Climate signals breakdown

Climate Signal #1: Extreme heat and heat waves

Record breaking temperatures are a classic signal of climate change. As the average global temperature rises and the climate shifts, hot temperatures that were extreme under the old climate are closer to the middle of the new temperature range.[5] Under the earth's climate system, events closer to the midpoint of the climate range occur much more frequently than events closer to the extremes, as shown in the graphic on the right. The shifting bell curve also leads to the occurrence of never-before-seen extremes in high temperatures.[6]

Observations consistent with climate signal #1


Climate Signal #2: Atmospheric blocking increase

The widespread and intense heat wave is due to a stagnant high pressure weather pattern that has created a vast area of sweltering heat sometimes referred to as a "heat dome." Intense heat domes used to be rare but have increased dramatically in recent years, a trend that may be linked to human-caused climate change. An analysis of data since 1958 shows that almost all high-powered heat domes have occurred since 1983 — with the overwhelming majority of them occurring since 1990.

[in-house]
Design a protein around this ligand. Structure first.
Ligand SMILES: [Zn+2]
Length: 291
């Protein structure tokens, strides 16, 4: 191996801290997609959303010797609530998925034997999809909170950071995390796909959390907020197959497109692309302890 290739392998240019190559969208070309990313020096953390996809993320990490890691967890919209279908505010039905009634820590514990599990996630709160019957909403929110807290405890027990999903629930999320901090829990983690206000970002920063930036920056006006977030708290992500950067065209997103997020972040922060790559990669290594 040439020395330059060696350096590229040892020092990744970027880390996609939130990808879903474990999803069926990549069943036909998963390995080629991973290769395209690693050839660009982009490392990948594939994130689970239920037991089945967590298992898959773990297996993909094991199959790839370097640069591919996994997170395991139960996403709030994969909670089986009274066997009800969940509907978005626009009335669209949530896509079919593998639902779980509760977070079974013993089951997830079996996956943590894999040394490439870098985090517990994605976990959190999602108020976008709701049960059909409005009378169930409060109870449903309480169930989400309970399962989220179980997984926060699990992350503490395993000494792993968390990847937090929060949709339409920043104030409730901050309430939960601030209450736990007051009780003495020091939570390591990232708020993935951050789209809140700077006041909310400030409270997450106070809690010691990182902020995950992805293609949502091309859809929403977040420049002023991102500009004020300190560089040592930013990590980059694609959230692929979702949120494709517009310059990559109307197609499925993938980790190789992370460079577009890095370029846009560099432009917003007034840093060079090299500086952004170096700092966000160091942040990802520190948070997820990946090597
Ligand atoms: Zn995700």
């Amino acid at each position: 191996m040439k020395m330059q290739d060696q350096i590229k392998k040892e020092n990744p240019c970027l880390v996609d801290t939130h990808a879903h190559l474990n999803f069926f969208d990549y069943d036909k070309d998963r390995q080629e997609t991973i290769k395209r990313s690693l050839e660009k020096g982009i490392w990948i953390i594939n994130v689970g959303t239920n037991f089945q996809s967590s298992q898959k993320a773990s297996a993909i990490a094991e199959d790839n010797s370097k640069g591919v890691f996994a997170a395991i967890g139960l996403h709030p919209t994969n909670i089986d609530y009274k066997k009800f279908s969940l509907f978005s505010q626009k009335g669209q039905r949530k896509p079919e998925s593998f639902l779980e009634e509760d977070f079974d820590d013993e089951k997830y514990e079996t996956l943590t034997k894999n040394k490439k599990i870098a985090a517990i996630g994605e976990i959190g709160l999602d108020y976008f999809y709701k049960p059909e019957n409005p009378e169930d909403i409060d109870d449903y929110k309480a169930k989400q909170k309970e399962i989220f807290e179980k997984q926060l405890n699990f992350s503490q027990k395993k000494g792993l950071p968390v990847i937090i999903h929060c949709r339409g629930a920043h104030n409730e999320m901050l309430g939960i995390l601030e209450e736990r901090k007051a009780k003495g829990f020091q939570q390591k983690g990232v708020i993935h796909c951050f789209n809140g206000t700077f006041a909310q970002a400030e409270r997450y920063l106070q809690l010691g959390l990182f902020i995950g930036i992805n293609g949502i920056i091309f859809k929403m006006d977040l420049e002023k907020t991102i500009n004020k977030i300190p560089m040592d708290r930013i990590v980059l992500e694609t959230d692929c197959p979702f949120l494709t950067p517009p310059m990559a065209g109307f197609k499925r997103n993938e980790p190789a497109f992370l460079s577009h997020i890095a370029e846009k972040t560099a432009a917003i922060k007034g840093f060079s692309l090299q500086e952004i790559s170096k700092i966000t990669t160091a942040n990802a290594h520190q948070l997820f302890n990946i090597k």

Heat domes are often the result of blocks in the jet stream when the west-to-east movement of weather slows or stops. Atmospheric blocking causes weather conditions to persist for long periods and is often behind weather extremes in the mid-latitudes.[7] Research indicates that rising temperatures may increase the frequency of atmospheric blocking events.[3] One analysis identifies an increase in the intensity of persistent high pressure areas over the entire Northern Hemisphere during the summer months from 1979 to 2010.[6]

Observations consistent with climate signal #2

  • The heat wave is due to a "record-strength mid-June high pressure system over the Four Corners region of the Southwest." The high pressure system, sometimes referred to as a heat dome, has brought clear skies, sinking air and an absence of weather systems to the region. It has also diverted the jet stream north, deflecting storms and disturbances and allowing sunshine to pour down from above and heat up the surface.


Climate signal #3: Heat Stress Increase

Exposure to extreme heat is already a significant public health problem and the primary cause of weather-related mortality in the US.[5] As temperatures rise due to global warming, people's exposure to extreme heat conditions increases.[6] The dramatic increase in nighttime temperatures in the US is particularly concerning, because cooler nighttime temperatures provide an important window of relief during heat waves.[2]

Observations consistent with climate signal #3

  • Heat advisories were in place for California, Nevada, Arizona and Utah.
  • A backpacker who was hiking through the Grand Canyon died from what park rangers believe to be heat-related causes as the high temperature where she was walking hit 115°F. Rangers had to rescue several people over the weekend of June 19-20 due to extreme heat.